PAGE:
The way a majority of New Jerseyans see it, Gov. Chris Christie can leave the state or appear on network TV as much as he wants to bolster his image nationally because it isn't hindering his role as governor.
Two-thirds of New Jerseyans have been following the buzz about a potential Christie presidential run, including 26 percent who have heard a lot about this and 41 percent who have heard a little and fully 63 percent of New Jerseyans say national attention over his presidential aspirations has had no impact on his performance as governor, according to a Monmouth University/Gannett poll released Thursday.
Just 17 percent say the national attention has made him less effective as governor, job, while 11 percent say it has actually made him more effective.
"As far as most New Jerseyans are concerned, the talk about Christie's presidential ambitions has been no more than a minor diversion from his duties as governor," Patrick Murray, the poll's director, said.
Speculation about the governor's political future was recently stoked when he took a stand on the national hot-button issue of abortion. In a speech at a Right to Life rally on the Statehouse steps, Christie became the first New Jersey governor to clearly lay out a pro-life position. Few New Jerseyans took notice.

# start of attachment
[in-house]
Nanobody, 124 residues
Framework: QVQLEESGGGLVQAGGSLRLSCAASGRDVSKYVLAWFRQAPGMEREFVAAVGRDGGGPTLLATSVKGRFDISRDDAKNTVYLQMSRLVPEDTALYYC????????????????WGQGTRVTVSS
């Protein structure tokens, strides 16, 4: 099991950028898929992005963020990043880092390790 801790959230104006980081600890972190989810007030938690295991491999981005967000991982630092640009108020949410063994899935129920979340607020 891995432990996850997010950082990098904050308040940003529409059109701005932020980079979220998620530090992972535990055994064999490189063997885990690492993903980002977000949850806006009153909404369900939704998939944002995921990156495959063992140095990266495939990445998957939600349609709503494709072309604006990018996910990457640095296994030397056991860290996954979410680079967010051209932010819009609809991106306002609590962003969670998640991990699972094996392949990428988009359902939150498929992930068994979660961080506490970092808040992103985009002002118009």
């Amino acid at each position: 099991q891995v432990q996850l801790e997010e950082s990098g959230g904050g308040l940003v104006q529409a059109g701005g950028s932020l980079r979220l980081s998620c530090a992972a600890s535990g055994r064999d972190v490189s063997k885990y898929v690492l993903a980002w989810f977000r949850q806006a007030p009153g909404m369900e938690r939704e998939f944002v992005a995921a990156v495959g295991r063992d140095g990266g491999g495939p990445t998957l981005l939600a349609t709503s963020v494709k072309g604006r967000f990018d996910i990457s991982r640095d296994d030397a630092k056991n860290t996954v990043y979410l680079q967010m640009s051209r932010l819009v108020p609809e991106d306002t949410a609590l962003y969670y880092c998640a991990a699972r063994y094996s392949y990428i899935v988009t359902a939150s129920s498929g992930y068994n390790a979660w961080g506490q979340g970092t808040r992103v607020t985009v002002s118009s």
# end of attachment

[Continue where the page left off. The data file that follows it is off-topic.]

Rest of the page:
Just 1-in-3 say they heard about the speech, including 6 percent who say they heard a lot and 26 percent who heard a little. Less than half (44 percent) of New Jerseyans are aware that Christie has a "pro-life" position on abortion. Another 16 percent actually think the governor comes down on the "pro-choice" side and 40 percent say they simply don't know where he stands on this issue.
Only 1-in-10 say that Christie's decision to speak at a pro-life rally has any impact on their opinion of him — with 7 percent saying it's made them feel more negatively toward him and 3 percent saying they now have a more positive opinion.
"Most New Jerseyans do not consider abortion a matter for state government," Murray said. "So Chris Christie's public stance is not seen as all that relevant to his performance as governor."
In polls conducted during the 2009 gubernatorial campaign, abortion was named by no more than 2 percent of voters as a key issue driving their decision in that election.
The poll was conducted by telephone with 801 New Jersey adults from Feb. 2 through Monday. The poll has a margin of error of plus or minus 3.5 percent.
— TOM HESTER SR., NEWJERSEYNEWSROOM.COM